TODAY: Putin officially unveils new cabinet, adds officials with intelligence expertise; meets with Merkel, vows to defend Nord Stream 2; Navalny launches new political party; Deripaska resigns from board of sanctions-hit EN+; Putin response to Skripal’s release from hospital; Crimea’s beaches being bought up and blocked off to locals since annexation.
President Vladimir Putin has officially announced his new cabinet for his fourth presidential term, and it is almost exactly the same as his previous one; the FT reports that the news disappoints those who expected reform and more capitulation to the West. “The most notable new faces are agricultural minister Dmitry Patrushev, whose father Nikolai chairs Russia’s security council, and Konstantin Noskov, a presidential aide who will head up a newly created digital development ministry.” Putin also promoted his former bodyguard to the cabinet, underscoring what Reuters calls the ‘siloviki’ component. Bloomberg calls the repeat cabinet members “veterans of default”. Putin met with German Chancellor Angela Merkel last week, vowing to stand up to US attempts to block the Nord Stream 2 pipeline. The Kremlin’s response to US comments on the project is that they are “rather challenging”, given that the pipeline, it says, is being constructed in the interests of European countries. Opposition leader Alexei Navalny has launched a new political party, titled Russia of the Future; though had to miss its founding convention as he was in prison due to his role in organising nationwide anti-inauguration protests earlier this month. Moscow has been seeing a number of Monstrations of late, an artist’s twist on the demonstration in which participants’ slogans make no sense; the main goal of the protests is “to have fun”.
Sanctions-hit Oleg Deripaska has resigned from the board of directors of EN+ in a bid to alleviate sanctions on the group. Oligarch Viktor Vekselberg’s Renova Group announced that it has paid off all of its Western-owed debts in advance of sanctions against it coming into effect next month. Morgan Stanley is predicting that Russia will see another recession this year, despite strong oil prices, if the US imposes any new sanctions against state companies. A report by the British Foreign Affairs Committee claims that corrupt Russian money is undermining UK criticism of the Kremlin’s foreign policy and national security. Putin responded to media reports of former spy Sergei Skripal’s discharge from hospital, taking the opportunity to point out that, had a military-grade poison been used against him, as the UK has been claiming, Skripal would surely have died. Several sources are reporting that British authorities have yet to renew the expired visa of billionaire Roman Abramovich, although there does not appear to be any reason to expected a denial.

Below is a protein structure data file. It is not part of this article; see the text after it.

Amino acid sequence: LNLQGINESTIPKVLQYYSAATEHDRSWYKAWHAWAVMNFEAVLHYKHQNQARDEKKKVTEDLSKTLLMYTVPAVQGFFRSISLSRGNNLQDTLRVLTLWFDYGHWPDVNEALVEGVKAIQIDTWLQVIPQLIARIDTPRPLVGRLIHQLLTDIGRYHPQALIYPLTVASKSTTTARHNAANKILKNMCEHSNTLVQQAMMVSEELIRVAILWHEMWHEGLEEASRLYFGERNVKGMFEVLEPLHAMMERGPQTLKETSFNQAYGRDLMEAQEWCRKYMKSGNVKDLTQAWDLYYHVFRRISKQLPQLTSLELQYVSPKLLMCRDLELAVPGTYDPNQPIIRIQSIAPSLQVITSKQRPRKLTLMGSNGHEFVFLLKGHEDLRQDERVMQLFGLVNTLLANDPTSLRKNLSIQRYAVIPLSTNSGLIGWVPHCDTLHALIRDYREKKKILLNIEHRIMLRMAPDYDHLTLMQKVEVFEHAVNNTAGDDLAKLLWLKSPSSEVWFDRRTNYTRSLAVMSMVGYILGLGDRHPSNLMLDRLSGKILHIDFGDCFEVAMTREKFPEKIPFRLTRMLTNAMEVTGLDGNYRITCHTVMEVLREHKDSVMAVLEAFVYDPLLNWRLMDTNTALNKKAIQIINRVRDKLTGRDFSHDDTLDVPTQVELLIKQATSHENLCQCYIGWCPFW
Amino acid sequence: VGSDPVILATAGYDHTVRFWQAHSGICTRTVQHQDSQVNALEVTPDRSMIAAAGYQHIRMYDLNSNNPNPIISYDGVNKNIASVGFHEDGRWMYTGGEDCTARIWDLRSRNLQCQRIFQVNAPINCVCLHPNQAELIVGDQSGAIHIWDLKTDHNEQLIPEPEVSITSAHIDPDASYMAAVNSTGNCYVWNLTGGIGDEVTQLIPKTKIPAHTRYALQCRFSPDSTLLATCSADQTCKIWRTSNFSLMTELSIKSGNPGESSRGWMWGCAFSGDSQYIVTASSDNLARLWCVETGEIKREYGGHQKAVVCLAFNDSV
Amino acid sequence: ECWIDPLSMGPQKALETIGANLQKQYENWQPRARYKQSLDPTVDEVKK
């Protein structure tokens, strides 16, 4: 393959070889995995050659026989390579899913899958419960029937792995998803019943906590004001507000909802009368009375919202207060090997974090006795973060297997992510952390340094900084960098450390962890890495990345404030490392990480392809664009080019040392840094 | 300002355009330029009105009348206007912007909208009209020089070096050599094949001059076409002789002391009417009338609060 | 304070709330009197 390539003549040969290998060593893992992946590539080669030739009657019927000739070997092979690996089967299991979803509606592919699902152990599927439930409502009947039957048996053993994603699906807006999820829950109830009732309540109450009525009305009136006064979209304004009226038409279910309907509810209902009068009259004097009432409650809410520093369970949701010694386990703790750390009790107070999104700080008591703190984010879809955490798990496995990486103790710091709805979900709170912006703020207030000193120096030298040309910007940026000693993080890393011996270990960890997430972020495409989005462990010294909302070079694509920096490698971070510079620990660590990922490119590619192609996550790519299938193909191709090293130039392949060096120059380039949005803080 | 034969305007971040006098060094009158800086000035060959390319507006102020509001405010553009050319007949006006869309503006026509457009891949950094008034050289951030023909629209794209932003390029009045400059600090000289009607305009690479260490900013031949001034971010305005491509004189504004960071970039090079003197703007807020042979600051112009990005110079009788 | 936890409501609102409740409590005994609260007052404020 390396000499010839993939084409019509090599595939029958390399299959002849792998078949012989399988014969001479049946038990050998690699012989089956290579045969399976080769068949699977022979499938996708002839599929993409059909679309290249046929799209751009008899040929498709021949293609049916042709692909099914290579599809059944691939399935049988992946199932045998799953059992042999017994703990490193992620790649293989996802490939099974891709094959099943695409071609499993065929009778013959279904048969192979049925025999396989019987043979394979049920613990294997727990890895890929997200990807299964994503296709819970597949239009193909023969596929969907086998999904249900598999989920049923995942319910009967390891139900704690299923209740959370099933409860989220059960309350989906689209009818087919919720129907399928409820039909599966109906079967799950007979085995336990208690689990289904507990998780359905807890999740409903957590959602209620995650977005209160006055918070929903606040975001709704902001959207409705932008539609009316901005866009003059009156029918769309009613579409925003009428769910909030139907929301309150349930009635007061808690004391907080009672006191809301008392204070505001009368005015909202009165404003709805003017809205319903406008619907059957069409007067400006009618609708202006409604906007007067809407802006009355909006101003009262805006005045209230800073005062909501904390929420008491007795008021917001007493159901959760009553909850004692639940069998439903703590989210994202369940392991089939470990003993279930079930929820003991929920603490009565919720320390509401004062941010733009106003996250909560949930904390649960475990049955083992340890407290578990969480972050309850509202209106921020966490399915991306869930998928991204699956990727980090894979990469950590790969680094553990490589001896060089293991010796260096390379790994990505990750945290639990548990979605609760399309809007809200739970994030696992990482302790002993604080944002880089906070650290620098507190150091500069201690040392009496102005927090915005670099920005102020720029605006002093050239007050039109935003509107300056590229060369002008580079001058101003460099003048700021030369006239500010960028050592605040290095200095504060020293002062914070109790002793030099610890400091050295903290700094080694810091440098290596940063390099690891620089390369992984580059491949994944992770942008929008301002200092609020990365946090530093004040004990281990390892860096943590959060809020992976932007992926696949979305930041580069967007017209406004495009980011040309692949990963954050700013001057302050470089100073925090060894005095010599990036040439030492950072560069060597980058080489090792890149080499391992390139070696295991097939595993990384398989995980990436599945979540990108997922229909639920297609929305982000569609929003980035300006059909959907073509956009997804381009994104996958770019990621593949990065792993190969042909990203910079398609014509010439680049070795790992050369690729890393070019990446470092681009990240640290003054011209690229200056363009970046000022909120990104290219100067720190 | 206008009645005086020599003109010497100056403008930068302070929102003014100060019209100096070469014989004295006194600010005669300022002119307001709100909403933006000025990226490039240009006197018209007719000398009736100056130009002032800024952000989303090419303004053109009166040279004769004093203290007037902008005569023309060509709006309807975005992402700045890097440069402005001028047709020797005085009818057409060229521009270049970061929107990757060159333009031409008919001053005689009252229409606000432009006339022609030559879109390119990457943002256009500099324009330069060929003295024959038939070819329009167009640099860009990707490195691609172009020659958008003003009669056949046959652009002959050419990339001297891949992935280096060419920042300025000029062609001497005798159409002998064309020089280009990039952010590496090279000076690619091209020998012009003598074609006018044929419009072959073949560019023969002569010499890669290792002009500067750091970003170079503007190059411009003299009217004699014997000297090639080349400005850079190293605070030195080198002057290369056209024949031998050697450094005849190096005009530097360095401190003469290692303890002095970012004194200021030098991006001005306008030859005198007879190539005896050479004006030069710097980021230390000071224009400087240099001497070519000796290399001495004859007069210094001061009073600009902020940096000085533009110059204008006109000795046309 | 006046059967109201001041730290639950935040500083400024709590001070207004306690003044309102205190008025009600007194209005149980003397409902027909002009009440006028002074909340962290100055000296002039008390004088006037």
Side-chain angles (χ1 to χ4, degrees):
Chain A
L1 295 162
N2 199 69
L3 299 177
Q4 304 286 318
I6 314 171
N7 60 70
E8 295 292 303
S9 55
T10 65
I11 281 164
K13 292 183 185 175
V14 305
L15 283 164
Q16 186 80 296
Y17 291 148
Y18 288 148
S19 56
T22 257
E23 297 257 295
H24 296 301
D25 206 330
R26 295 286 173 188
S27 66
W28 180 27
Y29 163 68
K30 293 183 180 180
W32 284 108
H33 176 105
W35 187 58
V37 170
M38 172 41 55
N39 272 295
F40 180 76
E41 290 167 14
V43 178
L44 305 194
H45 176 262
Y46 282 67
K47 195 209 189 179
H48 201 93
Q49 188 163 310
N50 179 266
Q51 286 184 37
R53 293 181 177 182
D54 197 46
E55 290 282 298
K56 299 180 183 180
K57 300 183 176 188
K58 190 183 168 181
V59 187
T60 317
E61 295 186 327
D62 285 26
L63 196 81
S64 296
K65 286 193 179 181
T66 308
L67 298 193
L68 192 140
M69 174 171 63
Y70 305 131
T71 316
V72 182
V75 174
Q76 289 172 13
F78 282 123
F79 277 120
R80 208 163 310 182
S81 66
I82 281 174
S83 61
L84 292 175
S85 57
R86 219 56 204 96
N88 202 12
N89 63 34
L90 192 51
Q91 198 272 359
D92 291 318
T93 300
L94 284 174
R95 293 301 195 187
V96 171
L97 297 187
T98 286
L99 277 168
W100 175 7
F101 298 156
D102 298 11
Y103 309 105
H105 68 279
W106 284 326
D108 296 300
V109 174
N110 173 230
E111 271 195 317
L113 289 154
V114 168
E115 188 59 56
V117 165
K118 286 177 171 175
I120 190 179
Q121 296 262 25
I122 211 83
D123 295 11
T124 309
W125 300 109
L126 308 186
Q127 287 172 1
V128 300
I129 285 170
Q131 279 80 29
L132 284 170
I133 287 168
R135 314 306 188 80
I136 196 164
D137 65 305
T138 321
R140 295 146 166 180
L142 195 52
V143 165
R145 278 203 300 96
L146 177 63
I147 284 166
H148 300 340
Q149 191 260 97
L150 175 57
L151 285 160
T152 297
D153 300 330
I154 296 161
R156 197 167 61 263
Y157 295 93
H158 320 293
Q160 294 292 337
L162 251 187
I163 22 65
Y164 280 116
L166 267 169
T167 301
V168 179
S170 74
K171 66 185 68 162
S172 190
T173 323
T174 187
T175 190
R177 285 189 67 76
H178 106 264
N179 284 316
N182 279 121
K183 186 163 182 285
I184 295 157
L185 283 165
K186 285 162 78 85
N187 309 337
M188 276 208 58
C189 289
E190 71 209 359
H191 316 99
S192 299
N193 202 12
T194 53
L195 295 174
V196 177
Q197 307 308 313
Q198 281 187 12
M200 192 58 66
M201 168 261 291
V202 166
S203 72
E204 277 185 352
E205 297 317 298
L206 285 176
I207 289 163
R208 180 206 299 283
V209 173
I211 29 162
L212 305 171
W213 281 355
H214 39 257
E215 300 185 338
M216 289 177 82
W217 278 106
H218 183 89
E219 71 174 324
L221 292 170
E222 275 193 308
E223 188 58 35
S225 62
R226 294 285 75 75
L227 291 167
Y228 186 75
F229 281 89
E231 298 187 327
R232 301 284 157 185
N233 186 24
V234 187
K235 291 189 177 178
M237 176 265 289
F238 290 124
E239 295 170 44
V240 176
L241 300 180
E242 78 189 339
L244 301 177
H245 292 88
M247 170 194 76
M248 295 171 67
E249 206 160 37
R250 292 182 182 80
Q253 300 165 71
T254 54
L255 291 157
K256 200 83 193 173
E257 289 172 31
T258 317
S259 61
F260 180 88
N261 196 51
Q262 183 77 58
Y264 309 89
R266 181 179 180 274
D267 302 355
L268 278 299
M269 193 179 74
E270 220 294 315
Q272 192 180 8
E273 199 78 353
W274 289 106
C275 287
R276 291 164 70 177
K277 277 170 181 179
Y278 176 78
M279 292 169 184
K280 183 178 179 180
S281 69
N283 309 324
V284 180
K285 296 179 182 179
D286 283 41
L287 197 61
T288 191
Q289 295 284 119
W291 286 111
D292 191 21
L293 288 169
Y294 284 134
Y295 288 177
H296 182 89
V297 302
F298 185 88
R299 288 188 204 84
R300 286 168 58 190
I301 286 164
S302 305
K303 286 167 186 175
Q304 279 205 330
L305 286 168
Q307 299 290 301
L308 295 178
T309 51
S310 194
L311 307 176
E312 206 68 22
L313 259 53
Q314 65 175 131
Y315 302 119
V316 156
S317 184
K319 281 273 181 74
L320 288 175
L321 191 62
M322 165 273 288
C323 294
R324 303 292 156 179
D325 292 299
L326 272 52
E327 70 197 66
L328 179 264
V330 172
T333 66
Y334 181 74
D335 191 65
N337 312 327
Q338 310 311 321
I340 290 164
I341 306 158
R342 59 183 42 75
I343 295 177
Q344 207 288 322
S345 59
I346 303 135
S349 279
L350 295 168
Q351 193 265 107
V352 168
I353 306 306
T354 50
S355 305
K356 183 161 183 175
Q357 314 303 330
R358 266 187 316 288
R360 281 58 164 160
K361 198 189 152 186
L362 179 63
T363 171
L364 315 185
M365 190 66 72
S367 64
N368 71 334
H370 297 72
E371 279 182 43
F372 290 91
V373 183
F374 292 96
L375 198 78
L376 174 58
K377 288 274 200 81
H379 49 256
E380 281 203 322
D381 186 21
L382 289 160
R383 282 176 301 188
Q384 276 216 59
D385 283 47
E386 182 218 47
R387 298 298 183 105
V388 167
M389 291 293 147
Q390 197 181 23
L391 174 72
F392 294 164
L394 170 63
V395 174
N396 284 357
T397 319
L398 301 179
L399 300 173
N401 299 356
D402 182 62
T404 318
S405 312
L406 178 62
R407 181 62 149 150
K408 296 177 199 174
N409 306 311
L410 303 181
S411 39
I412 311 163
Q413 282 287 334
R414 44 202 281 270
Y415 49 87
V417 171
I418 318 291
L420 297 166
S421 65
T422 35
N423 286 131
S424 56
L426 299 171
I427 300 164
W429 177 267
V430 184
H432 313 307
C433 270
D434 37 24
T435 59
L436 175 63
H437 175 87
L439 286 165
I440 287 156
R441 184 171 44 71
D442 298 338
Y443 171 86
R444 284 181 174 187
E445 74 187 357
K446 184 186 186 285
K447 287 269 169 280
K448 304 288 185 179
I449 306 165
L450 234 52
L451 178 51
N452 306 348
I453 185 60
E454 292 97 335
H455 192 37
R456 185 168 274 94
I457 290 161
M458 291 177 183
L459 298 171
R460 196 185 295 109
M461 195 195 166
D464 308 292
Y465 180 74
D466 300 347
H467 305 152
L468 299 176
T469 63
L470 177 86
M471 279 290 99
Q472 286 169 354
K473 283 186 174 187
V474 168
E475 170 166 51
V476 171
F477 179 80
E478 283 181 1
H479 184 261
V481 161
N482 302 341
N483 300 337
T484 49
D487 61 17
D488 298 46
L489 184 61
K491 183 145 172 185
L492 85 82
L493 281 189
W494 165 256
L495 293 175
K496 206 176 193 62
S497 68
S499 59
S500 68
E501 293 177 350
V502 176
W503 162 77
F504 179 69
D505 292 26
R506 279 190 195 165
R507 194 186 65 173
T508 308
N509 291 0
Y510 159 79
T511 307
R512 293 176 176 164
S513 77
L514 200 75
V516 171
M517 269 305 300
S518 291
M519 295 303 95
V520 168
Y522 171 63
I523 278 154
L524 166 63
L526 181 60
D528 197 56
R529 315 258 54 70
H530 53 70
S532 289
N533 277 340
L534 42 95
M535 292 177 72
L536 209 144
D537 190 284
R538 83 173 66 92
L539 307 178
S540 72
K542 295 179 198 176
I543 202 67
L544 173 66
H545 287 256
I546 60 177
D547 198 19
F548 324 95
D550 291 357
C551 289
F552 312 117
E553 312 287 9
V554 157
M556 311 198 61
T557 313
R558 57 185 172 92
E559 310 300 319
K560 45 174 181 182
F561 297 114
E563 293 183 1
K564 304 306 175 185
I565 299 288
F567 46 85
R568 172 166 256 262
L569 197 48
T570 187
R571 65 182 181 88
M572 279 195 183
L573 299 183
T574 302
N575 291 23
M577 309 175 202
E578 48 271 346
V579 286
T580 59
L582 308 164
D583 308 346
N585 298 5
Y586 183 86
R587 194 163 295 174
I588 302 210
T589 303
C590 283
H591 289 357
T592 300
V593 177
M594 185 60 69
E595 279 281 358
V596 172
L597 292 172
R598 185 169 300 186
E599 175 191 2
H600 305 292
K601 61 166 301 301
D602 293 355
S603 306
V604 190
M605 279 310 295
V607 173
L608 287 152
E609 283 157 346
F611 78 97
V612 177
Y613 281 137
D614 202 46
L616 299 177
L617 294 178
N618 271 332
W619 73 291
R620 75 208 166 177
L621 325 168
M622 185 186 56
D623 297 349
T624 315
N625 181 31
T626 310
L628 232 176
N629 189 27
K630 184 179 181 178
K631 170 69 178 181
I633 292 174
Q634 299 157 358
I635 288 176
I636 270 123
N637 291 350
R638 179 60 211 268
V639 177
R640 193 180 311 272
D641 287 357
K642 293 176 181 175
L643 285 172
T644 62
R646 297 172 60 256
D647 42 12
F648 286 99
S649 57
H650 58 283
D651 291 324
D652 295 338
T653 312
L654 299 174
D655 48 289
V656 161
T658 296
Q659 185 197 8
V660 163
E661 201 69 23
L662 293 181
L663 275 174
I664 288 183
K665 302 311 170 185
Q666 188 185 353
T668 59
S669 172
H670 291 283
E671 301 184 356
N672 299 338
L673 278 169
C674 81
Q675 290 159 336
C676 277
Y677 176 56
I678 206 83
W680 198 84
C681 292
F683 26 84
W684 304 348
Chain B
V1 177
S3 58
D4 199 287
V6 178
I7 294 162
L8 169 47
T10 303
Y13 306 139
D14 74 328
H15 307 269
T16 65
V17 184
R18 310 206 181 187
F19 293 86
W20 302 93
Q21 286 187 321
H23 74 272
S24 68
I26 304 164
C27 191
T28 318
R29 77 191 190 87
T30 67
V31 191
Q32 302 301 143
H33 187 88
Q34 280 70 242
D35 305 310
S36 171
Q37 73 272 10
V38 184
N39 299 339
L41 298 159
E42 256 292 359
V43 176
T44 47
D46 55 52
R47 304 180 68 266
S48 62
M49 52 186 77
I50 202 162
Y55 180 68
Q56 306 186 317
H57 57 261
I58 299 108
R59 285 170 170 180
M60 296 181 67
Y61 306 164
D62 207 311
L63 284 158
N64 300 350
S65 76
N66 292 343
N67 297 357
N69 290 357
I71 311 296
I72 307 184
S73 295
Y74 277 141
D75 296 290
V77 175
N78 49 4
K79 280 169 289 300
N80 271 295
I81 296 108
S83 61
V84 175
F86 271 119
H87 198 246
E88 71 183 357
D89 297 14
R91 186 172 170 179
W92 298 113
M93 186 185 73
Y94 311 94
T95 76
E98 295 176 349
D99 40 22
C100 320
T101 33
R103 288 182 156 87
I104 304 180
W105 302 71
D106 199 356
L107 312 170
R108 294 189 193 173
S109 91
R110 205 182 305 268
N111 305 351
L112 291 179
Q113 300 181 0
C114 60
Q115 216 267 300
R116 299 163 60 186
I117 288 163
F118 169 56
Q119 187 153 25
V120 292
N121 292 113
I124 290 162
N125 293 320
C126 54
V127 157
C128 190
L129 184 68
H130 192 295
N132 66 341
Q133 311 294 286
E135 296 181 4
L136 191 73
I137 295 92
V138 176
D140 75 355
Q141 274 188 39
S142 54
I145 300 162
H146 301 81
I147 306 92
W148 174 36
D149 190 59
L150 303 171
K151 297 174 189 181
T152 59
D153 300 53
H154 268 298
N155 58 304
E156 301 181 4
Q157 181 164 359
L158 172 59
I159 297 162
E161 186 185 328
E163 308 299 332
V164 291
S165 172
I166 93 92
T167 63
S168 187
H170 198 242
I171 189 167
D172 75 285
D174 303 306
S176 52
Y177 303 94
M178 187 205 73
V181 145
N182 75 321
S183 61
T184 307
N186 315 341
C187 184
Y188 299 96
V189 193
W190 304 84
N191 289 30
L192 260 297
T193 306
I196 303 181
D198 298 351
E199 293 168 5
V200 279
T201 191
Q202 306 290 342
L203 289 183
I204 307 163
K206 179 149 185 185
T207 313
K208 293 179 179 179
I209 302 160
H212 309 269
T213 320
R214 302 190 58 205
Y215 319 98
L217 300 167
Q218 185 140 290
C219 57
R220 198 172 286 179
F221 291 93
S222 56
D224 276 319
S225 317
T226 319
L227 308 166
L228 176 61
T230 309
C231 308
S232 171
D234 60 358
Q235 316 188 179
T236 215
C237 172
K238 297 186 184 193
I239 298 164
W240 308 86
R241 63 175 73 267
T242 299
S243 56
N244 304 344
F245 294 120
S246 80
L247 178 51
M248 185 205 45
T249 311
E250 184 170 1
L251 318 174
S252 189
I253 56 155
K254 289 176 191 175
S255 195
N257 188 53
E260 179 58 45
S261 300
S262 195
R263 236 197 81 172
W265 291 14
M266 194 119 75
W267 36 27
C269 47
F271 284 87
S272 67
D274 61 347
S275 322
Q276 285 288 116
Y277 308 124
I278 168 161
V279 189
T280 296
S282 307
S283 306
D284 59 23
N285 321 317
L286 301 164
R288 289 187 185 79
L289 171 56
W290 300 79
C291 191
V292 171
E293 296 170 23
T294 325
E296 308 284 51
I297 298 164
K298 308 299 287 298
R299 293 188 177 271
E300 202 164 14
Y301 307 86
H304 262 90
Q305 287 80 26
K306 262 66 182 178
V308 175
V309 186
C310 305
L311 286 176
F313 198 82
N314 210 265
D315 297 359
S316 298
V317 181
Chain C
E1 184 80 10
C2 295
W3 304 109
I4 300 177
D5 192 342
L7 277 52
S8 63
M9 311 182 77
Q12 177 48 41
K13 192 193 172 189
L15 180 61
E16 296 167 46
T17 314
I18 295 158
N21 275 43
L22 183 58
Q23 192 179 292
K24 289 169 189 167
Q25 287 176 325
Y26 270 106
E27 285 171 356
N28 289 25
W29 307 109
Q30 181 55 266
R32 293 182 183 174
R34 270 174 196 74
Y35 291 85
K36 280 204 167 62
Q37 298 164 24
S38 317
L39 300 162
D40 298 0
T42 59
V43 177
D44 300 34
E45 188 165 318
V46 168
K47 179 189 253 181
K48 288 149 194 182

Russia will not abandon its OPEC deal next month, says Bloomberg, because it gives Russia the weight in global issues that it has lacked since its alienation following the annexation of Crimea in 2014. Public access to most of Crimea’s beaches has been shut off since the annexation, as private investors – and, it seems, well-connected, Russia-installed officials – have been snapping up prime real estate.
PHOTO: Russian Prime Minister Vladimir Putin presents German Chancellor Angela Merkel with a bouquet of flowers, May 18, 2018. (Kremlin Press Service)